Have you an objection of a different kind? Do you say, “ I am for the Church? The Church of England for ever! Therefore I vote for
-; he is a true Churchman, a lover of the Church.”. Are you sure of that? Friend, think a little. What kind of a Churchman is he? a whoring Churchman, a gaming Churchman, a drunken Churchman, a lying Churchnan, a cursing and swearing Churchman?, or a red-hot persecuting Churchman, that would send all Dissenters to the devil at a clap? For shame! for shame! Do you call a man a Churchman,
Are you who knows no more of God than a Turk? call a man a Churchman, that does not even pretend to so much religion as would serve an honest Heathen? He is a lover of the Church who is a lover of God, and consequently of all mankind. Whoever else talks of loving the Church, is a cheat. Set a mark upon that man.
Above all, mark that man who talks of loving the Church, and does not love the king. If he does not love the king, he cannot love God. And if he does not love God, he cannot love the Church. He loves the Church and the king just alike. For indeed he loves neither one nor the other.
O beware, you who truly love the Church, and therefore cannot but love the king; beware of dividing the king and the Church, any more than the king and country. Let others do as they will, what is that to you? Act you as an honest man, a loyal subject, a true Englishman, a lover of the country, a lover of the Church; in one word, a Christian! one that fears nothing but sin, that seeks nothing but heaven, and that desires nothing but God; nothing but glory to God in the highest, and on earth peace, good will toward men!
ADVICE TO A SOLDIER.
1. Are you to die? Must you leave this world, and carry nothing of it away with you? Naked as you came out of your mother's womb, naked shall you return. And are you never to come back into this world? Have you no more place under the sun? When you leave these houses and fields, this flesh and blood, do you part with them for ever? Are you sure of this? Must all men die ? Can none at all
Do rich men likewise die, and leave their riches for others? Do princes also fall and die like one of their people? Can you then escape it? You do not think so. You know death is as sure as if you felt it already; as if you was now gasping for life, sweating and trembling in those last pangs, till the soul started off from the quivering lips into the boundless ocean of eternity.
2. And are you to be judged ? How is this to be? Why, the Son of God shall come in his glory, and all his holy angels with him ; " and then shall he sit upon the throne of his glory. And before him shall be gathered all nations; and he shall separate them from one another, as a shepherd divideth his sheep from the goats. Behold, he cometh with clouds! And every eye shall see Him which is, and which was, and which is to come, the Almighty! And I saw” (wilt thou also say) “ a great white throne, and Him that sat thereon, from whose face the earth and the heavens fled away; and there was found no place for them. And I saw the dead, small and great, stand before God; and they were judged, every man according to his works.” And shalt thou also be judged according to thy works ? all thy works, whether they be good or evil? Yea, and for every idle word which thou shalt speak, thou shalt give an account in the day of judgment. But this is not all: The Lord, the Judge, searcheth the heart, and trieth the reins. He understands all thy thoughts; and for all these likewise he shall bring thee into judgment. Supposest thou it is enough to be outwardly good? What! though thy inward parts are very wickedness? And are they not? Is not thy soul fallen short of the glory (the glorious image) of God? Look into thy breast. Art thou not a fallen spirit ? Dost thou not know and feel how very far thou art gone from original righteousness? Desperately full thou art of all evil, and naked of all good? Is there not in thee an earthly, sensual, devilish mind ? a mind that is enmity against God? It is plain there is. For thou dost not love God. Thou dost not delight in him. He is not the desire of thy eyes, or the joy of thy heart. Thou lovest the creature more than the Creator. Thou art a lover of pleasure more than a lover of God. O how wilt thou stand in the judgment ?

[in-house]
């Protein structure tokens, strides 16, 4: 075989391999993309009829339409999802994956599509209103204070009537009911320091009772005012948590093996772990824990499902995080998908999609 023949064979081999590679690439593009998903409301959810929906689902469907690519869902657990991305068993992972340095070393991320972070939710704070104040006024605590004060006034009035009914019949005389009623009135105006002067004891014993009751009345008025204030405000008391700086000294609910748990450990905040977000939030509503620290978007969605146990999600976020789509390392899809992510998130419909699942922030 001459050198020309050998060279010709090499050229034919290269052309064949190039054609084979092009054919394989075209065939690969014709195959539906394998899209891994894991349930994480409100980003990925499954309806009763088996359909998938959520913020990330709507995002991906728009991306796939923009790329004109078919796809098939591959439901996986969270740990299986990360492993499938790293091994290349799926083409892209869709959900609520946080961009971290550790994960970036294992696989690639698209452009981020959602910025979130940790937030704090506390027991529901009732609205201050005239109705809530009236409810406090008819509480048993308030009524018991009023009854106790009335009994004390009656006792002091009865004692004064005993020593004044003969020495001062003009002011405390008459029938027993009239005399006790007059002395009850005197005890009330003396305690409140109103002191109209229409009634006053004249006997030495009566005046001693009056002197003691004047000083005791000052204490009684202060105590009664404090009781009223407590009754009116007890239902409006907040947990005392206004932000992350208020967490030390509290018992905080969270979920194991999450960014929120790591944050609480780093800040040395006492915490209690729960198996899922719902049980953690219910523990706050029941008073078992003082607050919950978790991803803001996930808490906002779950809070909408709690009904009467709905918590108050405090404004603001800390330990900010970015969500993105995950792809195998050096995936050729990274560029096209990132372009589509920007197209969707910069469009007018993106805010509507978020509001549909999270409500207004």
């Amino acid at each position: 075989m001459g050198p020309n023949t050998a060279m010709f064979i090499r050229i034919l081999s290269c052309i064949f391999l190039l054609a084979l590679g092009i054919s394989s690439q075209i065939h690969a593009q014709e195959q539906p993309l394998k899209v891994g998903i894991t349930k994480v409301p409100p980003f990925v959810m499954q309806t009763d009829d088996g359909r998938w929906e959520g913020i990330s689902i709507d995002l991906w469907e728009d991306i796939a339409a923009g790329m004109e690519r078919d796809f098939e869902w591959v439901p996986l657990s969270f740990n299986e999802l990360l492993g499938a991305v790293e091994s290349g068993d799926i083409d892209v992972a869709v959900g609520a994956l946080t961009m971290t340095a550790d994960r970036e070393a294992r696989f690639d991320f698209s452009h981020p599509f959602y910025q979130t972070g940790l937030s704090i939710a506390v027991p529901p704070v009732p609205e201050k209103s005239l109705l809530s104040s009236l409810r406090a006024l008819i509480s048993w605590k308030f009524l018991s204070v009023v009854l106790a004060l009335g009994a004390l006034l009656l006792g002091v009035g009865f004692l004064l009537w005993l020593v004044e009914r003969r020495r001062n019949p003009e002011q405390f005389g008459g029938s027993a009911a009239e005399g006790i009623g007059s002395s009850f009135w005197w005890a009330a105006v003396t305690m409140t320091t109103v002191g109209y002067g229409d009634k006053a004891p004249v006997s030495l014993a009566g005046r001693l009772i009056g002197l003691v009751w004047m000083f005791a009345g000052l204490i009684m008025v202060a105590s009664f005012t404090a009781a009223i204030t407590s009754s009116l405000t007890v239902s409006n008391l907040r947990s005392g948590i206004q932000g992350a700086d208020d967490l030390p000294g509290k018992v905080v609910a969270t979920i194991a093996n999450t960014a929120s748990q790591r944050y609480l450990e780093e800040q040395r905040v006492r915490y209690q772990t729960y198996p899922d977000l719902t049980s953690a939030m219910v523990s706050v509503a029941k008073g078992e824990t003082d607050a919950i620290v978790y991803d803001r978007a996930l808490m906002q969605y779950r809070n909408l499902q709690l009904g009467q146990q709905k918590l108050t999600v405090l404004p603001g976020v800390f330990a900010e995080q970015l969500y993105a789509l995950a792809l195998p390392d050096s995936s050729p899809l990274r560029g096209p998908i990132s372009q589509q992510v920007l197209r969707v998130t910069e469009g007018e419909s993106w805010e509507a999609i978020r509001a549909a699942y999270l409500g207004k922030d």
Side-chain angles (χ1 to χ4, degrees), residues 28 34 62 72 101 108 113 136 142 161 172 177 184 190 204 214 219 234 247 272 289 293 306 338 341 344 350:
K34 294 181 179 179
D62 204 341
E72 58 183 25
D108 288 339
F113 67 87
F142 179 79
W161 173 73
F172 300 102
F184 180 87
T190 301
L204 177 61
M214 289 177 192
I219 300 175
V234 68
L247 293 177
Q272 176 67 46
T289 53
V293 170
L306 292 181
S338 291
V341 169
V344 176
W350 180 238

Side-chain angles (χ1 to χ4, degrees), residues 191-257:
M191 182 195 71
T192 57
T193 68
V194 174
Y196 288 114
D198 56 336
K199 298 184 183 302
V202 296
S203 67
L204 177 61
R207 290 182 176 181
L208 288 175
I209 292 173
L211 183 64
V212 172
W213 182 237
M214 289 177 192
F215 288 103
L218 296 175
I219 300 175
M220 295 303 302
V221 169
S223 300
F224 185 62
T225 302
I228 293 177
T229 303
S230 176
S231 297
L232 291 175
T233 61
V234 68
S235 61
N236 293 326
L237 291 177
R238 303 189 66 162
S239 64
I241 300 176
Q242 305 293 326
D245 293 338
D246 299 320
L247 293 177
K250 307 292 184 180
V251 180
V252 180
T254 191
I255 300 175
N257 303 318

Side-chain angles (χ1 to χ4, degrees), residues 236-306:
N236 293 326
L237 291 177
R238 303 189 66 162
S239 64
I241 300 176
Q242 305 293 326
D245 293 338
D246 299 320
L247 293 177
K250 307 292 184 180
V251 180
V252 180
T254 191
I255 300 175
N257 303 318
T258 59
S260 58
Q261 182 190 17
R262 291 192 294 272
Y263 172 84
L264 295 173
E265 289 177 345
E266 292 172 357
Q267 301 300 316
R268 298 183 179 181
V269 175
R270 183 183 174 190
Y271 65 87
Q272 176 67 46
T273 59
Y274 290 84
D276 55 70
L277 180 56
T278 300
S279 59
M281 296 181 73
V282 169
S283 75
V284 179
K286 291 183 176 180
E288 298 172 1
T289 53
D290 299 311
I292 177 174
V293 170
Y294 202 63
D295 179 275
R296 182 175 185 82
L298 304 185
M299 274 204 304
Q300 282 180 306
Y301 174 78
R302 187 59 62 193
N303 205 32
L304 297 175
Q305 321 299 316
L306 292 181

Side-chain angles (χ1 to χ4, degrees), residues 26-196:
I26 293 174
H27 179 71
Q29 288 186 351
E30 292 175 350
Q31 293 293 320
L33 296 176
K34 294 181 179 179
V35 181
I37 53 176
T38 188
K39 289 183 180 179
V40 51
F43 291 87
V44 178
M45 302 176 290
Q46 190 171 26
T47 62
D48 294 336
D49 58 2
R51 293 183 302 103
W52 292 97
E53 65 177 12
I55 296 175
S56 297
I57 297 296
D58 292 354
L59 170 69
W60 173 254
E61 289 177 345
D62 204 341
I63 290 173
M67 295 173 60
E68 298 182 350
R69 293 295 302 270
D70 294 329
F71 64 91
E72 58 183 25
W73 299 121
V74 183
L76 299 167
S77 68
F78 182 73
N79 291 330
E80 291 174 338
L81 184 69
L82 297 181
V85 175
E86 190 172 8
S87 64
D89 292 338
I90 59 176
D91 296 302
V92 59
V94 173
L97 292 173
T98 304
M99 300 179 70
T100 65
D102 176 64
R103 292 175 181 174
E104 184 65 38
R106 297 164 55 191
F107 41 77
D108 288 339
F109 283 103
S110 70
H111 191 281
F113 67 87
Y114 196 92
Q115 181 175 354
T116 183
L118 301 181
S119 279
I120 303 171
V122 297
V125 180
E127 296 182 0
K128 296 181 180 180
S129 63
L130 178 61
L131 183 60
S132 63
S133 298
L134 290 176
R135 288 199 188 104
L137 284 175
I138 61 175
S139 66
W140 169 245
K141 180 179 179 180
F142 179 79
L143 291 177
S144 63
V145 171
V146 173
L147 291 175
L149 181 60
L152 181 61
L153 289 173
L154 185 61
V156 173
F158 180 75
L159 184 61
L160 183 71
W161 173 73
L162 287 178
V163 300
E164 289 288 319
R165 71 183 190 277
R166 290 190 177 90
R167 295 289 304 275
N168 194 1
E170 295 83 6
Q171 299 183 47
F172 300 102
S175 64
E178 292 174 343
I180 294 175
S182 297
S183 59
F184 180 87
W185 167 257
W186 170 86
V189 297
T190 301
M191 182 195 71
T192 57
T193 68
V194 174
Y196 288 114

3. Are you then to go to heaven or hell? It must be either to one or the other. I pray God you may not go to hell! For who can dwell with everlasting burnings? Who can bear the fierceness of that flame, withoụt even a drop of water to cool his tongue? yea, and that without end; for as the worm dieth not, so the fire is not quenched. No; whoever is once cast into that lake of fire, shall be tormented day and night for ever and ever. 0 eternity! eternity! Who can tell the length of eternity? I warn thee now, before God, and the Lord Jesus Christ, that thou come not into that place of torment !